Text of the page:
We have one week to go, which means one thing. Okay, it really means a lot of things, but I’m thinking of one thing in particular. Certain students are just realizing what I’ve been trying to tell them all year. Their grade is not high enough and they’re going to have to retake a whole bunch of quizzes before the end of the year if they want to pass.
Let’s try and make this a bit more positive. There’s also a large contingent of students trying to turn Cs into Bs, Bs into As, and even some trying to turn 99% into 100%.
Whichever way you look at it, one result is that I have to spend a lot of time with my gradebook, entering quiz scores from random times throughout semester 2, and fielding requests from students to know their grade. The software my district uses doesn’t make this the easiest thing to do. It separates each “Nine Weeks” and makes switching between them annoying, taking a few seconds of loading time and completely resetting the view I had open just before. Throw in that the same thing happens if I want to enter attendance, and that adds up to a lot of wasted time. My solution to date has been to open multiple web browser tabs with a different view in each. But that makes my browser cluttered and remembering which tab is which among all my other tabs becomes difficult. Not to mention, the address bar and tabs take up valuable space for seeing students and their grades.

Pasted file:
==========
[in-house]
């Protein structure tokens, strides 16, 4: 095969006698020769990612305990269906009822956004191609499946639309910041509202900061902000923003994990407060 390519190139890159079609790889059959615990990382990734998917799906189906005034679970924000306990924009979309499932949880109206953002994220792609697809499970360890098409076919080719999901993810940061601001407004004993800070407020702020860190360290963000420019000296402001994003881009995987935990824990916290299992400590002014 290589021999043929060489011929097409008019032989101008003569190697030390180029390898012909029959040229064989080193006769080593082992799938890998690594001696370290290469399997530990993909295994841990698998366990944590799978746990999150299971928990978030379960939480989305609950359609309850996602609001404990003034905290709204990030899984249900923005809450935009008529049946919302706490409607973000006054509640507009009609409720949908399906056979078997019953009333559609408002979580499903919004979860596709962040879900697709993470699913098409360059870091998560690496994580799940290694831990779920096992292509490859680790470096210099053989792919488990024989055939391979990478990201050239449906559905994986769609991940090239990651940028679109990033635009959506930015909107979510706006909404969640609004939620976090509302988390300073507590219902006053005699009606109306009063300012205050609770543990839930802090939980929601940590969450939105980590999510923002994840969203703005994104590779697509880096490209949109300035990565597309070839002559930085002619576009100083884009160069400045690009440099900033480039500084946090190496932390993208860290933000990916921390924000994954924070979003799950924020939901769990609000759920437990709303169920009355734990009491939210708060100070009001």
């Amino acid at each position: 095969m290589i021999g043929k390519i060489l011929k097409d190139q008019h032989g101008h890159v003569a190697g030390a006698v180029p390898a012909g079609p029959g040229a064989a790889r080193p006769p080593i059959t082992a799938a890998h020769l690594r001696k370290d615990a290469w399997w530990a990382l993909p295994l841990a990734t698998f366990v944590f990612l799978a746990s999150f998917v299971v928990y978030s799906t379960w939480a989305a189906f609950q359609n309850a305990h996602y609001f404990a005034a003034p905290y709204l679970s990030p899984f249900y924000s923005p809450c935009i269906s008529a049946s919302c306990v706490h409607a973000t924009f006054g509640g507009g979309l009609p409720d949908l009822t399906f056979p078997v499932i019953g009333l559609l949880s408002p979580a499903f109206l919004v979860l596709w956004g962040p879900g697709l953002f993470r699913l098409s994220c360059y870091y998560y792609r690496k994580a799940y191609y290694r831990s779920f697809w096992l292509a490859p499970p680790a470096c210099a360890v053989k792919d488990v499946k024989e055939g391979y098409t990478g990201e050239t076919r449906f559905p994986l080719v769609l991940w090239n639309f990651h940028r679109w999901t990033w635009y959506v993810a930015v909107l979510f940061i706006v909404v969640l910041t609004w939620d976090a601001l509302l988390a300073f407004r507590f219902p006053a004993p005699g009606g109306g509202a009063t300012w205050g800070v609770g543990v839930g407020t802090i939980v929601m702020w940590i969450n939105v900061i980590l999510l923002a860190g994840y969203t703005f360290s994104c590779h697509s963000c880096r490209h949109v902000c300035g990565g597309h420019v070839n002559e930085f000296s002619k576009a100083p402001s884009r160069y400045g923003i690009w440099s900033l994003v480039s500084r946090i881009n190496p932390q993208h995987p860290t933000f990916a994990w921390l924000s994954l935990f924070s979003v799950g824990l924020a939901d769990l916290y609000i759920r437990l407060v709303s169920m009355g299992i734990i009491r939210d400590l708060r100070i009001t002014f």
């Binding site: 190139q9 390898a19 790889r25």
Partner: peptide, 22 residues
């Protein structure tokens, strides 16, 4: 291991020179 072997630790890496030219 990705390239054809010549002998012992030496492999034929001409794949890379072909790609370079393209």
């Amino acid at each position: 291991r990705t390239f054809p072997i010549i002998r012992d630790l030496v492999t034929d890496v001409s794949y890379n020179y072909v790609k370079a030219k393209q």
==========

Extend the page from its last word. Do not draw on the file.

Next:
I’ve come up with a solution. Google Chrome has a feature that can turn any webpage into a standalone web application, which is displayed as a separate window with a title bar and nothing else. It appears as a separate app on the taskbar (in Windows at least), which means it doesn’t get mixed up with the rest of my random web browsing. The software my district uses is Wengage, but this applies equally to any gradebook you can access through Chrome (I haven’t tried this with other browsers, but they might do something similar.)
To do this, navigate to the page you want to make an app in Chrome. Click the “three dots” button (I’m sure Google give that a proper name) and select More tools, then Add to desktop…
This will put an icon for your new app on your desktop (unsurprisingly).
Double click that icon to open the app! If you want, you can find the option to “pin” the taskbar icon (keep it there even when the app is closed) by right clicking it.
To be honest, it really is just a chrome tab that looks a bit different, but that’s exactly what I wanted. By appearing as a separate window, it’s out of the way but easily accessible. If you want multiple windows (say, one for grades and one for attendance) hold the shift key while you click the taskbar icon. (Useful tip: this works for almost all Windows programs.)
Is this going to revolutionize the way I manage grading? No, not even slightly. But it has made something I find annoying into something slightly less annoying. Which, to be honest, is exactly what I need as a teacher sometimes.